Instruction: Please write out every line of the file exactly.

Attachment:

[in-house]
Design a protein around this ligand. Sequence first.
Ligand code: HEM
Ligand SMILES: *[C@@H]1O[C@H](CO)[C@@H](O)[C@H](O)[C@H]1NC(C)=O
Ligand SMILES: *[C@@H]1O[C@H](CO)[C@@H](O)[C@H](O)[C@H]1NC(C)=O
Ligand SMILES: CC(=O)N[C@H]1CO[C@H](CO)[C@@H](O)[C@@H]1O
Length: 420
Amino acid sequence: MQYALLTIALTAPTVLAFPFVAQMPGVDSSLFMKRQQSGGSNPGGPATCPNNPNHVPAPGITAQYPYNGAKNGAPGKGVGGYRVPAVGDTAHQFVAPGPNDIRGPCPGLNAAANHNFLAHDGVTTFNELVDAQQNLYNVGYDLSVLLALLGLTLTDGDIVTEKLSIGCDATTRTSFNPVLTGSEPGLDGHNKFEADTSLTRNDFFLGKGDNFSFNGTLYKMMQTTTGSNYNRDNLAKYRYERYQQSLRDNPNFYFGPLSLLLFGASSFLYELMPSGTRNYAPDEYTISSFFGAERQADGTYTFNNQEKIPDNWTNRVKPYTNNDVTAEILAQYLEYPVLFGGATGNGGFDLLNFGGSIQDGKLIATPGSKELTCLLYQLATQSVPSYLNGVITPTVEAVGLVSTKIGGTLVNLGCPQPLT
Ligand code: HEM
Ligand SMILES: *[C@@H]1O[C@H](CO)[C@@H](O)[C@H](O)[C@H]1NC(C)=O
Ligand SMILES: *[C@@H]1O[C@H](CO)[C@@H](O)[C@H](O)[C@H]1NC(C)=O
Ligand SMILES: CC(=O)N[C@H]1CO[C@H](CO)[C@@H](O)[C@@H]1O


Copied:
[in-house]
Design a protein around this ligand. Sequence first.
Ligand code: HEM
Ligand SMILES: *[C@@H]1O[C@H](CO)[C@@H](O)[C@H](O)[C@H]1NC(C)=O
Ligand SMILES: *[C@@H]1O[C@H](CO)[C@@H](O)[C@H](O)[C@H]1NC(C)=O
Ligand SMILES: CC(=O)N[C@H]1CO[C@H](CO)[C@@H](O)[C@@H]1O
Length: 420
Amino acid sequence: MQYALLTIALTAPTVLAFPFVAQMPGVDSSLFMKRQQSGGSNPGGPATCPNNPNHVPAPGITAQYPYNGAKNGAPGKGVGGYRVPAVGDTAHQFVAPGPNDIRGPCPGLNAAANHNFLAHDGVTTFNELVDAQQNLYNVGYDLSVLLALLGLTLTDGDIVTEKLSIGCDATTRTSFNPVLTGSEPGLDGHNKFEADTSLTRNDFFLGKGDNFSFNGTLYKMMQTTTGSNYNRDNLAKYRYERYQQSLRDNPNFYFGPLSLLLFGASSFLYELMPSGTRNYAPDEYTISSFFGAERQADGTYTFNNQEKIPDNWTNRVKPYTNNDVTAEILAQYLEYPVLFGGATGNGGFDLLNFGGSIQDGKLIATPGSKELTCLLYQLATQSVPSYLNGVITPTVEAVGLVSTKIGGTLVNLGCPQPLT
Ligand code: HEM
Ligand SMILES: *[C@@H]1O[C@H](CO)[C@@H](O)[C@H](O)[C@H]1NC(C)=O
Ligand SMILES: *[C@@H]1O[C@H](CO)[C@@H](O)[C@H](O)[C@H]1NC(C)=O
Ligand SMILES: CC(=O)N[C@H]1CO[C@H](CO)[C@@H](O)[C@@H]1O